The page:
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Cellphone chip tunes into music over FM link

Posted: 24 Oct 2008 ?? ?Print Version ?Bookmark and Share

Keywords:cellphone? FM transmitter? music?

FM radio could become a bigger part of home and personal-area networks with the rollout from Broadcom Corp. of a new handset chip supporting music streaming via an FM transmitter.

The newest version of its Bluetooth/FM receiver combination chip for cellphones, the BCM2049, is now sampling. It includes an FM transmitter to stream MP3 music on the handset to a nearby home or car radio.

MP3 players and car adapter kits have used FM transmission to link music players with car audio systems, but the feature has not yet been popularized for cellphones. Ajit Deosthali, a research manager for short range wireless at International Data Corp., said he believed the chip was the first handset device to combine an FM transmitter and Bluetooth.

The 2049 uses an algorithm that recommends the best transmit frequency to send streams to a car radio or home FM receiver. It also supports the ability to simultaneously distribute streams to multiple stereo headphones.

Also, the chip can transcode MP3 audio files for playback over a Bluetooth headset. "About 65 percent of new phones have MP3 playback, but many of them do not have enough Mips to stream MP3s to Bluetooth headphones," said Rafael Sotomayor, a marketing manager for wireless products at Broadcom.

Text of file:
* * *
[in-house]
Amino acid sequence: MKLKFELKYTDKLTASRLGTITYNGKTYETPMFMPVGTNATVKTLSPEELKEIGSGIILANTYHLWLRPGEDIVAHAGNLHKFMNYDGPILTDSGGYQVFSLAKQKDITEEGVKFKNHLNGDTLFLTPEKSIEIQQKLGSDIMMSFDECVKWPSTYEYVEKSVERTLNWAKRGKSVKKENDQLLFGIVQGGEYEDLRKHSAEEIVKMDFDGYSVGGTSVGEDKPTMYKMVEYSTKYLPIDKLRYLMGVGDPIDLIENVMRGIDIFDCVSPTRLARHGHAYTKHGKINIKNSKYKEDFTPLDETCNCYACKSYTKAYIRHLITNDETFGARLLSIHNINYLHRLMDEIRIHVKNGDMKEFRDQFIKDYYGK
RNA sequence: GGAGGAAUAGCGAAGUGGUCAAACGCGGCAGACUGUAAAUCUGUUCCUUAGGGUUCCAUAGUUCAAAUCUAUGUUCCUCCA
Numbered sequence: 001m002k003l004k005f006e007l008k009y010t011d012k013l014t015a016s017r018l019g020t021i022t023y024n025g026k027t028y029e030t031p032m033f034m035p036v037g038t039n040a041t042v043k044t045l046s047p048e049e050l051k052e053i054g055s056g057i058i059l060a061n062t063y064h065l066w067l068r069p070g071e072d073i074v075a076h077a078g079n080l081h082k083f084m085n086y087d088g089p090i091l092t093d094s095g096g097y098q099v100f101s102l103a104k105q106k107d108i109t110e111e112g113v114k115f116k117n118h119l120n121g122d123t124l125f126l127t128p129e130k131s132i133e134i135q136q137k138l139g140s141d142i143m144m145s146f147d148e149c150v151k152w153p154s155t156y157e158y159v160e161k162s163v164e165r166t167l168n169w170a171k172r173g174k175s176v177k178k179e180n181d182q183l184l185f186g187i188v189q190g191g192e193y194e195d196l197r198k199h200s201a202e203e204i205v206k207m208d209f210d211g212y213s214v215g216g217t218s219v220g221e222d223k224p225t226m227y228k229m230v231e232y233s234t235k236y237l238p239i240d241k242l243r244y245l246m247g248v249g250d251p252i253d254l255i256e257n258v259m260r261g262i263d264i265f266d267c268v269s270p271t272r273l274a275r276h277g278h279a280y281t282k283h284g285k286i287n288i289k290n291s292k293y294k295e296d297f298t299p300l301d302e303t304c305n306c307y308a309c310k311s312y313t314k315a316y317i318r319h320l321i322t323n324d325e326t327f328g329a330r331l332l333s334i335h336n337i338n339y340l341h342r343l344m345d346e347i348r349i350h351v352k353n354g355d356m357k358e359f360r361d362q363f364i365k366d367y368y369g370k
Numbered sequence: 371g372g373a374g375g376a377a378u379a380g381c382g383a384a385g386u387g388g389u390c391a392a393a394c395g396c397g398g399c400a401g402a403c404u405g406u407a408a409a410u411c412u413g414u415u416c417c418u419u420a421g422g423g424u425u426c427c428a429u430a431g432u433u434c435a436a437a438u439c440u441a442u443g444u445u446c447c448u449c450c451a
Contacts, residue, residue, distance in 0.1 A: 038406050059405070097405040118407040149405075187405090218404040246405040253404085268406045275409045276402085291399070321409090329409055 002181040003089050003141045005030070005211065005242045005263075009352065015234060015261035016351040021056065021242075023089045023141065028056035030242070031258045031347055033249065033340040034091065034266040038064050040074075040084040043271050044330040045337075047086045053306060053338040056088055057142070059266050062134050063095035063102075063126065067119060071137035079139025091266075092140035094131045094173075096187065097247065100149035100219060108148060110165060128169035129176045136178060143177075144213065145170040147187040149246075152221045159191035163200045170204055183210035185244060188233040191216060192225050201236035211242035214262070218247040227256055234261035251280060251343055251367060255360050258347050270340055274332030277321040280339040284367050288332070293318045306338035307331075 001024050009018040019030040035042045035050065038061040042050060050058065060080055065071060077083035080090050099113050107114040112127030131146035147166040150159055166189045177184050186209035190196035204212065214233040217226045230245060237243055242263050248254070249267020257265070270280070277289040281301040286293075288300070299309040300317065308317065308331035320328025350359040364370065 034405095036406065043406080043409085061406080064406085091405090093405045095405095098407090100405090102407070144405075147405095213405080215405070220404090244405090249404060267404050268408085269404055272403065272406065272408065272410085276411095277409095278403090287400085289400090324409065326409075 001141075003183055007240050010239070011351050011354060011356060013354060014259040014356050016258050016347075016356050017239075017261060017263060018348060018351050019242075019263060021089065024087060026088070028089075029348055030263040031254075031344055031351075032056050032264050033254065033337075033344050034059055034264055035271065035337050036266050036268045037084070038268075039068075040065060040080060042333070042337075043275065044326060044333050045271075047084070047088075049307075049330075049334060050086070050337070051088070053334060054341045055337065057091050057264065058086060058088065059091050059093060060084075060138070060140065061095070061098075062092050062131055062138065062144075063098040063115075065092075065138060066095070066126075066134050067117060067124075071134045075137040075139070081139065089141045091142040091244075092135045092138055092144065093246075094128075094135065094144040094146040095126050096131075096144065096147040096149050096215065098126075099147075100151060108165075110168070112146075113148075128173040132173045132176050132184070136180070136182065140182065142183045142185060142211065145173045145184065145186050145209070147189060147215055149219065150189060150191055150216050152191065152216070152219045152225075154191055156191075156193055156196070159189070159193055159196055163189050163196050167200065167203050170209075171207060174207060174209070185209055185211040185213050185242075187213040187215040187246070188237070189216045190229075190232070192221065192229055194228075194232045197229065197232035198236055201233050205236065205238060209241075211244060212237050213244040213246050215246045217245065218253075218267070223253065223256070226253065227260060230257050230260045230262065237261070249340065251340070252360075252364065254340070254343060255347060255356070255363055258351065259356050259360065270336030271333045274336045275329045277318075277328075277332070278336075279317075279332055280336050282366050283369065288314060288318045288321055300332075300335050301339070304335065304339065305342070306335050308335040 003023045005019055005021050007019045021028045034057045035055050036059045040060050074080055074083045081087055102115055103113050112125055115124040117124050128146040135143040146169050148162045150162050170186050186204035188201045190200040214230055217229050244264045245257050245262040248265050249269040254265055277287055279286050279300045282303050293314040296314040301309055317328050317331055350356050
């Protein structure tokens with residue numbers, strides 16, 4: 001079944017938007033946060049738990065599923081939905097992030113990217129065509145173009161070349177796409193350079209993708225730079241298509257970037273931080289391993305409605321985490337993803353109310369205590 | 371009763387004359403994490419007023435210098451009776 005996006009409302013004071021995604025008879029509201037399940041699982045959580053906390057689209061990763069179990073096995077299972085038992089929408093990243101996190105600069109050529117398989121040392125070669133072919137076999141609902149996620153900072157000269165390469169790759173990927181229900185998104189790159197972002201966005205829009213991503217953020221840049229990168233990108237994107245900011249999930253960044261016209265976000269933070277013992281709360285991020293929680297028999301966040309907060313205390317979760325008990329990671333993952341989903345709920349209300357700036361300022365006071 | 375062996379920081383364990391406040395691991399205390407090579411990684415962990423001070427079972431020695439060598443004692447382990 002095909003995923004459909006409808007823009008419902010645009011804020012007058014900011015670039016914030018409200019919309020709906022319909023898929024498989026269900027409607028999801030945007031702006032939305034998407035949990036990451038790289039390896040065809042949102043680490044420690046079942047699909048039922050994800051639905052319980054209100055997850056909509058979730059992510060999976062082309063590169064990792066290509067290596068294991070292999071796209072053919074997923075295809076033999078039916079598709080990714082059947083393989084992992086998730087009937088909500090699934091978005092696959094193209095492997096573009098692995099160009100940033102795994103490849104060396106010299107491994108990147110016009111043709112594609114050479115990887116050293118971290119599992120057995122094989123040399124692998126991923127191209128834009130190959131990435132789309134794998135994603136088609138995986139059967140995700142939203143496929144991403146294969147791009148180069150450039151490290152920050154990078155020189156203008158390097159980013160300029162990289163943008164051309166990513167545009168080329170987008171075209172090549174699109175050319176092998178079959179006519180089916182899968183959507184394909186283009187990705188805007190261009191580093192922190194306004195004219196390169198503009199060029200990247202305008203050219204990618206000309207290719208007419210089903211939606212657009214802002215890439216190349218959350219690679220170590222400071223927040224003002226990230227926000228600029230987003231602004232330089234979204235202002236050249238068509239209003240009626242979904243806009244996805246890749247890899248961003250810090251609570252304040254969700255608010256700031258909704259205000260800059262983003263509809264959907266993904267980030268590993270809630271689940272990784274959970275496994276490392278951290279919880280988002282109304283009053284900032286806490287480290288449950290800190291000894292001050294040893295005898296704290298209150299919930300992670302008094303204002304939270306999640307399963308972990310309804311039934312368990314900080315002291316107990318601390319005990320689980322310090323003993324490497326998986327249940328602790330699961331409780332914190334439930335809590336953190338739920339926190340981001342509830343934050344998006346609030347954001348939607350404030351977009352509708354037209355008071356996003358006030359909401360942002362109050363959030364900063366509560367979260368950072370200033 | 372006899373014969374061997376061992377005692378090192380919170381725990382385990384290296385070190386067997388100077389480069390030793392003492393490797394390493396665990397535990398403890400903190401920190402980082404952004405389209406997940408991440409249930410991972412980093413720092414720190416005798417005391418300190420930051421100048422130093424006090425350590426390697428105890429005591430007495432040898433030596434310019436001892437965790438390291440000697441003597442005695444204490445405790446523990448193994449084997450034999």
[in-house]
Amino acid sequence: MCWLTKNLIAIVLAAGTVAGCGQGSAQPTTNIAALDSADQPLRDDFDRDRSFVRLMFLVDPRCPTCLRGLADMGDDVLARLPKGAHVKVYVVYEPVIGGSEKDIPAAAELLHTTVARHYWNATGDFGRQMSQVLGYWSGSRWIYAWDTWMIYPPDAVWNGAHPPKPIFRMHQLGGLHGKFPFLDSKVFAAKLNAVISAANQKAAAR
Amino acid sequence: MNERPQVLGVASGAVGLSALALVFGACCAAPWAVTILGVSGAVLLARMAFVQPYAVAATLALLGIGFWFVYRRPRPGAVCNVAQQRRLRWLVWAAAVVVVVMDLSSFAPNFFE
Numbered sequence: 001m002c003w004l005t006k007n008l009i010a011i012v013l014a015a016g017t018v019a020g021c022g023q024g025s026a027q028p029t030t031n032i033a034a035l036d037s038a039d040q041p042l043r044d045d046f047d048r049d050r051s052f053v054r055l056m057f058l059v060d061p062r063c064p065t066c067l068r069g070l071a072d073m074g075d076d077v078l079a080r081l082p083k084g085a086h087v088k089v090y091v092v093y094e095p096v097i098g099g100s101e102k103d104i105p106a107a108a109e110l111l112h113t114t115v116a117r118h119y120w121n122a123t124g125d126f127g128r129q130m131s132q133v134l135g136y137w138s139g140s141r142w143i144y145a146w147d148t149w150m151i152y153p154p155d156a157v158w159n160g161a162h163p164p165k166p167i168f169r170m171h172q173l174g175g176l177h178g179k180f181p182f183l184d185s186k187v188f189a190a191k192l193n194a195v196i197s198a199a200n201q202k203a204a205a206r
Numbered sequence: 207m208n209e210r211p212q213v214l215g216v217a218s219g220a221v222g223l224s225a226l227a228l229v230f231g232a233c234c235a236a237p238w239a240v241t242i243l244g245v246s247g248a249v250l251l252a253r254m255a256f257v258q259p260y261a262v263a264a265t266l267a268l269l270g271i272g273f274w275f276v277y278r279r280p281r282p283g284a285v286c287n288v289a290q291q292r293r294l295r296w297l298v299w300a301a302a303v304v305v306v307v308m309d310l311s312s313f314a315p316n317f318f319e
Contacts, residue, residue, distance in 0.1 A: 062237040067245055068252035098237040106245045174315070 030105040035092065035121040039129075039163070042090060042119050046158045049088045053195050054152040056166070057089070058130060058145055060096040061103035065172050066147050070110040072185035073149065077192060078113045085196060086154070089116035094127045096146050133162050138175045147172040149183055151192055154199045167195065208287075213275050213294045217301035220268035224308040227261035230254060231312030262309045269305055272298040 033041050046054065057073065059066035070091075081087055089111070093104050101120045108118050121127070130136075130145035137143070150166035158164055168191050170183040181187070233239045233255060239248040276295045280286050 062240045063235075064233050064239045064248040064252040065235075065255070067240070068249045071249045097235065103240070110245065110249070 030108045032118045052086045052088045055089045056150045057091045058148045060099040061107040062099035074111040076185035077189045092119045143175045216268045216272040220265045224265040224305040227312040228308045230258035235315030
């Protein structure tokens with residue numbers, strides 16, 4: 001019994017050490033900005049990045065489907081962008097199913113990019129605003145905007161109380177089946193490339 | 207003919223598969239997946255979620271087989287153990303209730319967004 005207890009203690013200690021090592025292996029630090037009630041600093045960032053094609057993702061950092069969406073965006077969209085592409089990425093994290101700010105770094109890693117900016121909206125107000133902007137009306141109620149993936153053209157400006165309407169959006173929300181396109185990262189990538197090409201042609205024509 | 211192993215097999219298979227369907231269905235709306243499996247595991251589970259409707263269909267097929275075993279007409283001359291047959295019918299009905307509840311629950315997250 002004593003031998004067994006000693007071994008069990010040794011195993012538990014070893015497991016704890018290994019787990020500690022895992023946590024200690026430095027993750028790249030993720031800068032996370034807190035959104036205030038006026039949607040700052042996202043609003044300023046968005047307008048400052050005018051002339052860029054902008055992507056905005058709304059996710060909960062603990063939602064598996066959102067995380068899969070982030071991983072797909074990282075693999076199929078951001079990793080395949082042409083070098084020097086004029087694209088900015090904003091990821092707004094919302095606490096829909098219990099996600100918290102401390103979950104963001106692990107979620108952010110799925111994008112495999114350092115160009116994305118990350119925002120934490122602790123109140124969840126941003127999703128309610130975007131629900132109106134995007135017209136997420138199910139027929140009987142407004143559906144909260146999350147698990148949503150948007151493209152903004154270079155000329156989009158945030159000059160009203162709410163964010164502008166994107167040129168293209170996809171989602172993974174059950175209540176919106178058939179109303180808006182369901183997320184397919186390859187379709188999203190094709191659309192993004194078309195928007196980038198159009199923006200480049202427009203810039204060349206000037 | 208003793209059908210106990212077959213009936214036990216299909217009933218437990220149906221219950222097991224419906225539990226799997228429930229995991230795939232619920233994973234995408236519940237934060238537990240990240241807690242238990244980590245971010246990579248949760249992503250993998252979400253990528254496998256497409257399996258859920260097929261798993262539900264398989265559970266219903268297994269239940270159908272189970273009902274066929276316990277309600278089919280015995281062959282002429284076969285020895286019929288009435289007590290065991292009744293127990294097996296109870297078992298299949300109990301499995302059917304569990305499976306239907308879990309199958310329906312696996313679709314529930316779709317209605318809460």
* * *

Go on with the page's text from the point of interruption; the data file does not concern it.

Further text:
Broadcom has implemented the Bluetooth stack inside its chip, so it does not need to use the cellphone baseband processor for Bluetooth audio streaming. This will save power on the baseband processor and hence will improve battery life, said Deosthali.

The new chip also supports either an external or internal antenna housed inside the handset. Many current FM chips require an external antenna.

The 2049 improves FM receiver sensitivity by 3dB over previous Broadcom products. It supports tuning and station search functions for worldwide frequency bands from 65MHz to 108MHz.

The chip is made in a 65nm technology which reduces die size and power consumption by about 30 percent compared to the company's previous Bluetooth/FM chip. It supports the Bluetooth version 2.1 enhanced data rate.

"In the coming months, we'll continue to introduce new combo chip products," said Robert Rango, general manager of Broadcom's wireless connectivity group in a statement.

- Rick Merritt
EE Times

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